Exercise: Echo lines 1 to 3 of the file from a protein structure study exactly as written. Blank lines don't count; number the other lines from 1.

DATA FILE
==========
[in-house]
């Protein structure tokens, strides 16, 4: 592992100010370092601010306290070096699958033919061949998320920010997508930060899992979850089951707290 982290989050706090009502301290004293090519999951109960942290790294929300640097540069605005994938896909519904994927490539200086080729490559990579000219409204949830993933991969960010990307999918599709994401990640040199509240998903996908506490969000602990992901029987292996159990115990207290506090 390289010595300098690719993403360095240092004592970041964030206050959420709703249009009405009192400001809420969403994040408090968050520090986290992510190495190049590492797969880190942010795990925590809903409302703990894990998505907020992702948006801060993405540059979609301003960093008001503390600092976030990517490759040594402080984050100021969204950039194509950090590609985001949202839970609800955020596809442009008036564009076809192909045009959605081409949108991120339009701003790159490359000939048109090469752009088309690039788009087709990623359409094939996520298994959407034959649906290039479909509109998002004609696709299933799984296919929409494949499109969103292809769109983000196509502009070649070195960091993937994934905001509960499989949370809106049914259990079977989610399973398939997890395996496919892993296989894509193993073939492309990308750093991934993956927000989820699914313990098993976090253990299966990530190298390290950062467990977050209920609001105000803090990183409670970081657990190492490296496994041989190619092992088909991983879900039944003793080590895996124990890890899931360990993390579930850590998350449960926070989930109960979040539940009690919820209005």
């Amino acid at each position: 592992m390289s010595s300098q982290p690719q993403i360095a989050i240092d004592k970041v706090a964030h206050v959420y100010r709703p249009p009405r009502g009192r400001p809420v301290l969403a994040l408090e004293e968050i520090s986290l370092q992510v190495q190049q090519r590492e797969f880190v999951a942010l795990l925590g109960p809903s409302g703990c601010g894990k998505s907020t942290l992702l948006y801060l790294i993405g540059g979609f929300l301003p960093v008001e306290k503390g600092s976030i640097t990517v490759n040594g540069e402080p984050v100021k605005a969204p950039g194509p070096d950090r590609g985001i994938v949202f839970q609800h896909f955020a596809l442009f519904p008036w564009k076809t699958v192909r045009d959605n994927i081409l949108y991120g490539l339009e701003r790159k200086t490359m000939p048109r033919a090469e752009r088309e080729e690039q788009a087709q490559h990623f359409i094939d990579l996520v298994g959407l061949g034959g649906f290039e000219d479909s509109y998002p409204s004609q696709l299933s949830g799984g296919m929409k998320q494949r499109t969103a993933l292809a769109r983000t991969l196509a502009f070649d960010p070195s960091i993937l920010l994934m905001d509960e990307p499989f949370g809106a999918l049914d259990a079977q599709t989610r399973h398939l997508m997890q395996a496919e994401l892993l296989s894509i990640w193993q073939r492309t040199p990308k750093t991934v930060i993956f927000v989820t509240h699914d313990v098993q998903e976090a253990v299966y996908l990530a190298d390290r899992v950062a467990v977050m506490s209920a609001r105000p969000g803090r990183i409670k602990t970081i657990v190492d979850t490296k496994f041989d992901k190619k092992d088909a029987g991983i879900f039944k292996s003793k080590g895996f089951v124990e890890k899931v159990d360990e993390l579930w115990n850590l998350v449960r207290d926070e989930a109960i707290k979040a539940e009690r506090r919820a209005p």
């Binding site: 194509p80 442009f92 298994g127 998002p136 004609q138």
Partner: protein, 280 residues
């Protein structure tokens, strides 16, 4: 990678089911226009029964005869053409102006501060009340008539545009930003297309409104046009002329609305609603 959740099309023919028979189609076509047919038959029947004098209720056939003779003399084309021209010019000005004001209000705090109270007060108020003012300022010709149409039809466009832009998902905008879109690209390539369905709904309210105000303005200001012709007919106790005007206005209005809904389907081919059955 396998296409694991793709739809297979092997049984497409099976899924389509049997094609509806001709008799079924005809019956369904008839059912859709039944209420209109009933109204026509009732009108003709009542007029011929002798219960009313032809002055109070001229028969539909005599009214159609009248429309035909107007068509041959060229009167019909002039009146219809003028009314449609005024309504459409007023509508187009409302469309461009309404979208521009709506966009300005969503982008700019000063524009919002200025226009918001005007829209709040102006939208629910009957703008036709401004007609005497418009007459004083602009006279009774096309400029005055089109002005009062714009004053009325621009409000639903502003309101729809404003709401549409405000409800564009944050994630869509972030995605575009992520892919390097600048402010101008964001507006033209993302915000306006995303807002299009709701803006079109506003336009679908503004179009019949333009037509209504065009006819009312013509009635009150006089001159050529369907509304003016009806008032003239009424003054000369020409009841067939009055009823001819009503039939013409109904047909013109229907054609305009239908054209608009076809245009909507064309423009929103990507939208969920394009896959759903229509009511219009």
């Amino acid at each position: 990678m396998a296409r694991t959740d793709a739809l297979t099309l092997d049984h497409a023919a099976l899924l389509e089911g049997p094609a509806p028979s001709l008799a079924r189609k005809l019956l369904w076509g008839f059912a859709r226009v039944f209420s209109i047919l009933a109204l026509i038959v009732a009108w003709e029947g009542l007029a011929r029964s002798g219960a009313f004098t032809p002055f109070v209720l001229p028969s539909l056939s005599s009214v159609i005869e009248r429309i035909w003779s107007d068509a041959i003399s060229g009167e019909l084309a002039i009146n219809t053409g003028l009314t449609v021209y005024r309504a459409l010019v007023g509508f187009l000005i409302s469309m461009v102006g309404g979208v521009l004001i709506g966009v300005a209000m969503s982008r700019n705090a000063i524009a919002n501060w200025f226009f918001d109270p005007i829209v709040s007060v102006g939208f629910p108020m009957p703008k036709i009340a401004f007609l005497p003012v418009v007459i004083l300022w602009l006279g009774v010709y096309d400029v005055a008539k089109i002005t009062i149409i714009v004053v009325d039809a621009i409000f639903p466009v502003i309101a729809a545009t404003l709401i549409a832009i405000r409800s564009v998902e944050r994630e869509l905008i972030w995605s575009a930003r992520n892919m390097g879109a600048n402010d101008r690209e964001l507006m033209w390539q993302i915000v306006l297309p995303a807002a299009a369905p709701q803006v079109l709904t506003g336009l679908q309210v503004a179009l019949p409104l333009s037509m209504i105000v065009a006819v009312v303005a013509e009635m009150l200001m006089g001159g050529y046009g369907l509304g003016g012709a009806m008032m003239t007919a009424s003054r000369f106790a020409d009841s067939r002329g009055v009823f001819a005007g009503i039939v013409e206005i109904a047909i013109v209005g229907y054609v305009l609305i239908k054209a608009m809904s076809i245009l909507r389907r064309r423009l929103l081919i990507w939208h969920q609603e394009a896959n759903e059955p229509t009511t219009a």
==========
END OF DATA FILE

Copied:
[in-house]
């Protein structure tokens, strides 16, 4: 592992100010370092601010306290070096699958033919061949998320920010997508930060899992979850089951707290 982290989050706090009502301290004293090519999951109960942290790294929300640097540069605005994938896909519904994927490539200086080729490559990579000219409204949830993933991969960010990307999918599709994401990640040199509240998903996908506490969000602990992901029987292996159990115990207290506090 390289010595300098690719993403360095240092004592970041964030206050959420709703249009009405009192400001809420969403994040408090968050520090986290992510190495190049590492797969880190942010795990925590809903409302703990894990998505907020992702948006801060993405540059979609301003960093008001503390600092976030990517490759040594402080984050100021969204950039194509950090590609985001949202839970609800955020596809442009008036564009076809192909045009959605081409949108991120339009701003790159490359000939048109090469752009088309690039788009087709990623359409094939996520298994959407034959649906290039479909509109998002004609696709299933799984296919929409494949499109969103292809769109983000196509502009070649070195960091993937994934905001509960499989949370809106049914259990079977989610399973398939997890395996496919892993296989894509193993073939492309990308750093991934993956927000989820699914313990098993976090253990299966990530190298390290950062467990977050209920609001105000803090990183409670970081657990190492490296496994041989190619092992088909991983879900039944003793080590895996124990890890899931360990993390579930850590998350449960926070989930109960979040539940009690919820209005």
């Amino acid at each position: 592992m390289s010595s300098q982290p690719q993403i360095a989050i240092d004592k970041v706090a964030h206050v959420y100010r709703p249009p009405r009502g009192r400001p809420v301290l969403a994040l408090e004293e968050i520090s986290l370092q992510v190495q190049q090519r590492e797969f880190v999951a942010l795990l925590g109960p809903s409302g703990c601010g894990k998505s907020t942290l992702l948006y801060l790294i993405g540059g979609f929300l301003p960093v008001e306290k503390g600092s976030i640097t990517v490759n040594g540069e402080p984050v100021k605005a969204p950039g194509p070096d950090r590609g985001i994938v949202f839970q609800h896909f955020a596809l442009f519904p008036w564009k076809t699958v192909r045009d959605n994927i081409l949108y991120g490539l339009e701003r790159k200086t490359m000939p048109r033919a090469e752009r088309e080729e690039q788009a087709q490559h990623f359409i094939d990579l996520v298994g959407l061949g034959g649906f290039e000219d479909s509109y998002p409204s004609q696709l299933s949830g799984g296919m929409k998320q494949r499109t969103a993933l292809a769109r983000t991969l196509a502009f070649d960010p070195s960091i993937l920010l994934m905001d509960e990307p499989f949370g809106a999918l049914d259990a079977q599709t989610r399973h398939l997508m997890q395996a496919e994401l892993l296989s894509i990640w193993q073939r492309t040199p990308k750093t991934v930060i993956f927000v989820t509240h699914d313990v098993q998903e976090a253990v299966y996908l990530a190298d390290r899992v950062a467990v977050m506490s209920a609001r105000p969000g803090r990183i409670k602990t970081i657990v190492d979850t490296k496994f041989d992901k190619k092992d088909a029987g991983i879900f039944k292996s003793k080590g895996f089951v124990e890890k899931v159990d360990e993390l579930w115990n850590l998350v449960r207290d926070e989930a109960i707290k979040a539940e009690r506090r919820a209005p």